The world of people with Asperger’s syndrome is the same world as everyone else. However, the way they perceive it requires above all a great deal of empathy.
On the other hand, you should know that this is not a pathology, even if this syndrome involves some differential aspects which condition the social life of the individual as well as that of those around him.
In other words, people with Asperger’s disease live with the characteristics that give the syndrome this name. Thus, it is very important that they themselves understand them and that others too are able to understand them, to improve personal performance and their social capacities.
If we don’t, a person with Asperger’s syndrome may feel confused, sad, and anxious. It is our duty to explain to them what makes them different and to make them understand that these aspects do not make them better or worse than another.
If we can get them to understand this, then they will be able to get a feel for the world they live in and will have an easier time adjusting to it.
What is Asperger’s Syndrome?
Asperger’s syndrome is a severe neurobiological developmental disorder that is part of the autism spectrum. To diagnose it, we mainly focus on the following points:
- Problems with typical patterns of social interaction, even with close people such as parents (in the case of children).
- Conversational linguistic expression and possible problems in non-verbal communication. Normally, language handling is high but presents difficulties when interacting with others: interpreting semantic ambiguities, obsessions with certain specific themes or reading between the lines, for example.
- Lack or maintenance of gaze when speaking: People with Asperger’s syndrome frequently avoid eye contact when talking to others.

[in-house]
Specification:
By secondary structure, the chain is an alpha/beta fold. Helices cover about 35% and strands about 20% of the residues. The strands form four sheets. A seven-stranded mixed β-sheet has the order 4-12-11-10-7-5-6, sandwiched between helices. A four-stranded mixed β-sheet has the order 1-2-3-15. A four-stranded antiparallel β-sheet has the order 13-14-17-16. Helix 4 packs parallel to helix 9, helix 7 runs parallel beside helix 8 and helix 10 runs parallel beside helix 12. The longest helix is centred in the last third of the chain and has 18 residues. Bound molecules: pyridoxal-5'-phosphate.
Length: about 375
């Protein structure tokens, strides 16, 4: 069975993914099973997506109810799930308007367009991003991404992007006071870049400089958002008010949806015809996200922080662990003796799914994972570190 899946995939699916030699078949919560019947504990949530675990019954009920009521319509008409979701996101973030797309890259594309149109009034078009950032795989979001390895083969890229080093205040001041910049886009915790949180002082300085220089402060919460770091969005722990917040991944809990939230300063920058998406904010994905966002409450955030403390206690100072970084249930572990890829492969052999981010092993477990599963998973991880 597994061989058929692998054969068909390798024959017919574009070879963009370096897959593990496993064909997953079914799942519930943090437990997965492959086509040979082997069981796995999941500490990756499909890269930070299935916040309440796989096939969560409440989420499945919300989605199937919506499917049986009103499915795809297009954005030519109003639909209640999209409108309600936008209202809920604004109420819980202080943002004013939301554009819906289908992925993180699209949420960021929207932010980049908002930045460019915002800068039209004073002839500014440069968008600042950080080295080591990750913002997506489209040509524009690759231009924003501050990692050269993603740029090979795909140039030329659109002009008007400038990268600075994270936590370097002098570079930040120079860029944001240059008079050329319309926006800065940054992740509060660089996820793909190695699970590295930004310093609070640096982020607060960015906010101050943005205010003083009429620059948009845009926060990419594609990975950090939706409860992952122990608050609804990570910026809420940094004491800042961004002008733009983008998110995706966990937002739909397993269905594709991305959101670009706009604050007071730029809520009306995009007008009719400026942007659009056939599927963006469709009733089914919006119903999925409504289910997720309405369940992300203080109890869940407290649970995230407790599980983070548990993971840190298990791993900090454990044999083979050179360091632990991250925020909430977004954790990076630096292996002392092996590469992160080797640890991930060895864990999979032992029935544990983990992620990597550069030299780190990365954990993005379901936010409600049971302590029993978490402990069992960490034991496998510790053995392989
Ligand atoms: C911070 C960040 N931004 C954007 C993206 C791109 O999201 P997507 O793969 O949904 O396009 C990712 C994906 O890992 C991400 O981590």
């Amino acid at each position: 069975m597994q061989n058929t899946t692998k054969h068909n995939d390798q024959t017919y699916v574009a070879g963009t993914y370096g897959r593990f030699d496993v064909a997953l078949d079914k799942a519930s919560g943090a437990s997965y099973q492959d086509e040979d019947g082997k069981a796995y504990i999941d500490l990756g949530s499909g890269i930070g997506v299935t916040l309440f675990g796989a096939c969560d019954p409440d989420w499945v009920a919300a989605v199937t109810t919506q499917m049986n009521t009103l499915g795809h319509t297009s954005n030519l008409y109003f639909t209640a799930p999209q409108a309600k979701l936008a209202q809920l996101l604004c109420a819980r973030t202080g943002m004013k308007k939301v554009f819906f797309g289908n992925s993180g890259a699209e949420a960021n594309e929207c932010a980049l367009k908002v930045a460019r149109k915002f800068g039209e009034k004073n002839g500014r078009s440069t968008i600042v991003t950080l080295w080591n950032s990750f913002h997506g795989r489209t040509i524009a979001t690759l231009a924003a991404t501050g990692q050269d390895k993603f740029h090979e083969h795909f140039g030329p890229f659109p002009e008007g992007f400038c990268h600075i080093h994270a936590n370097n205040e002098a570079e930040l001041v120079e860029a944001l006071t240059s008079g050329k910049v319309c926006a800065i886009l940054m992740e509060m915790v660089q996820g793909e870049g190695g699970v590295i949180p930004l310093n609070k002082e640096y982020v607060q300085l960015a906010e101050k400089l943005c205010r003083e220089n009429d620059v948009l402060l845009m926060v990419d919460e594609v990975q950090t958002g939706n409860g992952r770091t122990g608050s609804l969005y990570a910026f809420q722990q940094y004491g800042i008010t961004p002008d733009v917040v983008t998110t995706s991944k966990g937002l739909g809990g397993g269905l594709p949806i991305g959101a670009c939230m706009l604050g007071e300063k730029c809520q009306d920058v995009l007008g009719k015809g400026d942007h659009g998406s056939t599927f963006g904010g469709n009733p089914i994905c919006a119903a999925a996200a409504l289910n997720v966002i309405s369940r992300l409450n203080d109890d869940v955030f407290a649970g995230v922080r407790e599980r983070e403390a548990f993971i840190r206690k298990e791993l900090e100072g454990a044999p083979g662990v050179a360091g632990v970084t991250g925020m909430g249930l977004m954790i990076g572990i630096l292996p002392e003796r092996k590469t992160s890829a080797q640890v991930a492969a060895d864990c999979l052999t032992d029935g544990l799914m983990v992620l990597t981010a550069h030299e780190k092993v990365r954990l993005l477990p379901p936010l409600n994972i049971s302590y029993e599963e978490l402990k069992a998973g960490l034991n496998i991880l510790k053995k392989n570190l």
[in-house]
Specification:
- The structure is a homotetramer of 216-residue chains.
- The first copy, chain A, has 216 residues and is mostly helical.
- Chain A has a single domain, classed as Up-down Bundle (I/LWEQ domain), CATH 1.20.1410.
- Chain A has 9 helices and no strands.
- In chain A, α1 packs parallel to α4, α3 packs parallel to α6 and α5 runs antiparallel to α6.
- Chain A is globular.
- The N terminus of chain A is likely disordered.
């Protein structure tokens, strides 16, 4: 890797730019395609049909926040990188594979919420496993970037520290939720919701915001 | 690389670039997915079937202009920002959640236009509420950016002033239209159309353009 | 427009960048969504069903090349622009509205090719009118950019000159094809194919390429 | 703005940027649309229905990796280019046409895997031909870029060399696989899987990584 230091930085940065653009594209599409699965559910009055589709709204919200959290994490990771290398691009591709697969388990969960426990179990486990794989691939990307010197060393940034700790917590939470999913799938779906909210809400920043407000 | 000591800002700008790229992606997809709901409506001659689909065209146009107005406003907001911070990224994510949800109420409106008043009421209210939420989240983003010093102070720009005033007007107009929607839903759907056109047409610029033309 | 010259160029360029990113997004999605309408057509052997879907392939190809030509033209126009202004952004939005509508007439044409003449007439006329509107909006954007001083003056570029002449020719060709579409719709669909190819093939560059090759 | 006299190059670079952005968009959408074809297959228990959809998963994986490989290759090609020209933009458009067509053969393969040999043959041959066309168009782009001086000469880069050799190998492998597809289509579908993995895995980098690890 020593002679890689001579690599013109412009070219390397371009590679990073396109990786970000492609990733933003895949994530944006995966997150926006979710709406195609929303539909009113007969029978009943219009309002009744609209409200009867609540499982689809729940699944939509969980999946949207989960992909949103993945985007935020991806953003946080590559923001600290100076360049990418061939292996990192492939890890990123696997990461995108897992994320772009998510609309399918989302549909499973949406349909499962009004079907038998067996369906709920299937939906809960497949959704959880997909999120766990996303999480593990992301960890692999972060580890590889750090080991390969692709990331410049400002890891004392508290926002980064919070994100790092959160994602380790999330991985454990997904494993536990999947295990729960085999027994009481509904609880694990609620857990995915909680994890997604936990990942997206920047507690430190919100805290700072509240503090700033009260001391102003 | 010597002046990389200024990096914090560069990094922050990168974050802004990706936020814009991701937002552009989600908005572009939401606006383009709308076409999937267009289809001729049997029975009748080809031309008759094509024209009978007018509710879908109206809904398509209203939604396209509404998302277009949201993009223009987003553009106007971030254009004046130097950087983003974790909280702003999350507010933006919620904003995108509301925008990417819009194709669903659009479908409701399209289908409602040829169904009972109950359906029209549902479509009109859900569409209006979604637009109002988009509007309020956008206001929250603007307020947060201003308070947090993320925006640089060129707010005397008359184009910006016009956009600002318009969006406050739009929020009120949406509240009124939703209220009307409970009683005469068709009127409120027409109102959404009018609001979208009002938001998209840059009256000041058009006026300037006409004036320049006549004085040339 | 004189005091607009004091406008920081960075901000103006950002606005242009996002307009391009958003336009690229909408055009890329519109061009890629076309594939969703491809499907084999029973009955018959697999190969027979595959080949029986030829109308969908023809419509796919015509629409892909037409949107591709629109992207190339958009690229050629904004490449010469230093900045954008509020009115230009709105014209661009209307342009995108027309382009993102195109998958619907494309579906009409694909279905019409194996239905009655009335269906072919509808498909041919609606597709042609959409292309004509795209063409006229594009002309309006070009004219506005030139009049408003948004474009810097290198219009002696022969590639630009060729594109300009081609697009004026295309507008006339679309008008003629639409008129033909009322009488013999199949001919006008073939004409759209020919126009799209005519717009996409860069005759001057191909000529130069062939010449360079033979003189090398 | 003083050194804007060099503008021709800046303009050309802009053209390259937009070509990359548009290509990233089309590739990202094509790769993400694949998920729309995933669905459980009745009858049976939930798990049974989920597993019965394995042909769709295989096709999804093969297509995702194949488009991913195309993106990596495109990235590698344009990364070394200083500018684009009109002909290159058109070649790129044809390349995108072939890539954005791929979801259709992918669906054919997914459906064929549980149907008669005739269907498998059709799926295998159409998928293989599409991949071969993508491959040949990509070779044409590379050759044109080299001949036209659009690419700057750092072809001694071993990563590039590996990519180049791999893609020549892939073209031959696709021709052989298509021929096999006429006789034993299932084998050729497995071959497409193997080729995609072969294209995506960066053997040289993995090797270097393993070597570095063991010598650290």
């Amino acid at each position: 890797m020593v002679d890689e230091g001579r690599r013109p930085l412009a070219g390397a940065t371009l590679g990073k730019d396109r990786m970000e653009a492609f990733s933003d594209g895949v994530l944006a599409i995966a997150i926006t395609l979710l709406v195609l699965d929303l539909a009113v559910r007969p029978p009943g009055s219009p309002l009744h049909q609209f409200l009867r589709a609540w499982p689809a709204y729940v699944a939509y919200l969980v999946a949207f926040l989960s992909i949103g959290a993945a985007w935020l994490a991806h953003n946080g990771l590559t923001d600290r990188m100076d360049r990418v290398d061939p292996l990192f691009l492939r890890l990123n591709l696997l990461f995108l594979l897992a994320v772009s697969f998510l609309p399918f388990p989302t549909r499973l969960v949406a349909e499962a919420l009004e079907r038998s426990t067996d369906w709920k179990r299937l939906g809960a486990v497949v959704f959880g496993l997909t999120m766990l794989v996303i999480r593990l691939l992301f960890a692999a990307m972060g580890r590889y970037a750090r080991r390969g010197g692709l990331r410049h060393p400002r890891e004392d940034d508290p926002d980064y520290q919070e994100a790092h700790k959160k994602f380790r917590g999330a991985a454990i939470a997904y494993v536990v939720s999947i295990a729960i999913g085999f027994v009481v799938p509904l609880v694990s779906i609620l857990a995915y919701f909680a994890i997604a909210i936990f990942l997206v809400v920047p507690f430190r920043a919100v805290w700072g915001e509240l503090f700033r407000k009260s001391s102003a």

The wonderful world of Asperger’s
As Álvaro Girón Martín states, the world seen by people with Asperger’s disease can be wonderful, because behind the bad side of the coin there is also a very positive side and this is the one we would like to show you.
So, according to him, here are some interesting points to know:
- Full confidence. Faced with the problems of social integration that they may encounter, people with Asperger’s syndrome integrate into their circle of trust individuals who understand them and speak with them in all sincerity.
- Great Listening Ability: Unlike our bad habits, people with Asperger’s syndrome perfectly dominate the listening skills, do not continually interrupt or make personal judgments in the middle of normal conversation.
- Productive and coherent conversation. People with Asperger’s disease have their own way of seeing things, they defend it consistently and don’t get carried away by the rest of society.
- Vivid imagination. Psychiatrist Michael Fitzgerald, a specialist in this field, underlines the great capacity for ingenuity of people with Asperger’s syndrome. Their preoccupation with certain very precise subjects practically makes them experts, even if no diploma certifies it.
- Power of memory. Precisely, the fact of being interested in concrete subjects allows them to develop an exceptional memory, which can prove to be a real success in various fields of knowledge.